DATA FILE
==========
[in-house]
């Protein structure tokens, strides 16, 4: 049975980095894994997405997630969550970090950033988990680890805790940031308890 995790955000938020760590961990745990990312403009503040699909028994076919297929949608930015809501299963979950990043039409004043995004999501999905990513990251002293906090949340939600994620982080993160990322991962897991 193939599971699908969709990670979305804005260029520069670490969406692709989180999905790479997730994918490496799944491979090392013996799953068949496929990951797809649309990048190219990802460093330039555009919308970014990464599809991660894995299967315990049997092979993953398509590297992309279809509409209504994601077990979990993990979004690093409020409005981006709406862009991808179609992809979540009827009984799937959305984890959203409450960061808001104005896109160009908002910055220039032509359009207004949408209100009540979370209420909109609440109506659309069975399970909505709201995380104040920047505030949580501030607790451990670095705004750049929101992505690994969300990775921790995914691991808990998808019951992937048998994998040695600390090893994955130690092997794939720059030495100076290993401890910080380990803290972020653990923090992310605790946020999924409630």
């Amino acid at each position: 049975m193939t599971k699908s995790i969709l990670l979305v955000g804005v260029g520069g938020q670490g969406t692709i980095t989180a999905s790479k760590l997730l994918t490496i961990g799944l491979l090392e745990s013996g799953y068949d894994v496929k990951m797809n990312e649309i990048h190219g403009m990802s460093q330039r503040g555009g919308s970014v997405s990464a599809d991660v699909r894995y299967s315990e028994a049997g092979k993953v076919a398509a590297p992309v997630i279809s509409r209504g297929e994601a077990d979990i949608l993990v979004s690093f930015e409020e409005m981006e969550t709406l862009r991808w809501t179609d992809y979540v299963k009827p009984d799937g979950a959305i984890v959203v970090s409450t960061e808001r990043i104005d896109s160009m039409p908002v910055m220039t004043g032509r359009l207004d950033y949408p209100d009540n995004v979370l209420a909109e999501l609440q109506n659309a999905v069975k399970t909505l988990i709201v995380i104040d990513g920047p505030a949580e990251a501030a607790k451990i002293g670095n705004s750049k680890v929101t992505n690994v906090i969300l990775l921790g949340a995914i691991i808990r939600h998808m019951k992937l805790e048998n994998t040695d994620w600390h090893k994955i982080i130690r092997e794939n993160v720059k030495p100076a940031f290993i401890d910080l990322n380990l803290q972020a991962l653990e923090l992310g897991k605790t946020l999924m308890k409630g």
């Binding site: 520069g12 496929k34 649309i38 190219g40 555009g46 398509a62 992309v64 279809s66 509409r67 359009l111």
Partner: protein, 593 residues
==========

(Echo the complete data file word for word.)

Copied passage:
[in-house]
């Protein structure tokens, strides 16, 4: 049975980095894994997405997630969550970090950033988990680890805790940031308890 995790955000938020760590961990745990990312403009503040699909028994076919297929949608930015809501299963979950990043039409004043995004999501999905990513990251002293906090949340939600994620982080993160990322991962897991 193939599971699908969709990670979305804005260029520069670490969406692709989180999905790479997730994918490496799944491979090392013996799953068949496929990951797809649309990048190219990802460093330039555009919308970014990464599809991660894995299967315990049997092979993953398509590297992309279809509409209504994601077990979990993990979004690093409020409005981006709406862009991808179609992809979540009827009984799937959305984890959203409450960061808001104005896109160009908002910055220039032509359009207004949408209100009540979370209420909109609440109506659309069975399970909505709201995380104040920047505030949580501030607790451990670095705004750049929101992505690994969300990775921790995914691991808990998808019951992937048998994998040695600390090893994955130690092997794939720059030495100076290993401890910080380990803290972020653990923090992310605790946020999924409630």
């Amino acid at each position: 049975m193939t599971k699908s995790i969709l990670l979305v955000g804005v260029g520069g938020q670490g969406t692709i980095t989180a999905s790479k760590l997730l994918t490496i961990g799944l491979l090392e745990s013996g799953y068949d894994v496929k990951m797809n990312e649309i990048h190219g403009m990802s460093q330039r503040g555009g919308s970014v997405s990464a599809d991660v699909r894995y299967s315990e028994a049997g092979k993953v076919a398509a590297p992309v997630i279809s509409r209504g297929e994601a077990d979990i949608l993990v979004s690093f930015e409020e409005m981006e969550t709406l862009r991808w809501t179609d992809y979540v299963k009827p009984d799937g979950a959305i984890v959203v970090s409450t960061e808001r990043i104005d896109s160009m039409p908002v910055m220039t004043g032509r359009l207004d950033y949408p209100d009540n995004v979370l209420a909109e999501l609440q109506n659309a999905v069975k399970t909505l988990i709201v995380i104040d990513g920047p505030a949580e990251a501030a607790k451990i002293g670095n705004s750049k680890v929101t992505n690994v906090i969300l990775l921790g949340a995914i691991i808990r939600h998808m019951k992937l805790e048998n994998t040695d994620w600390h090893k994955i982080i130690r092997e794939n993160v720059k030495p100076a940031f290993i401890d910080l990322n380990l803290q972020a991962l653990e923090l992310g897991k605790t946020l999924m308890k409630g």
């Binding site: 520069g12 496929k34 649309i38 190219g40 555009g46 398509a62 992309v64 279809s66 509409r67 359009l111």
Partner: protein, 593 residues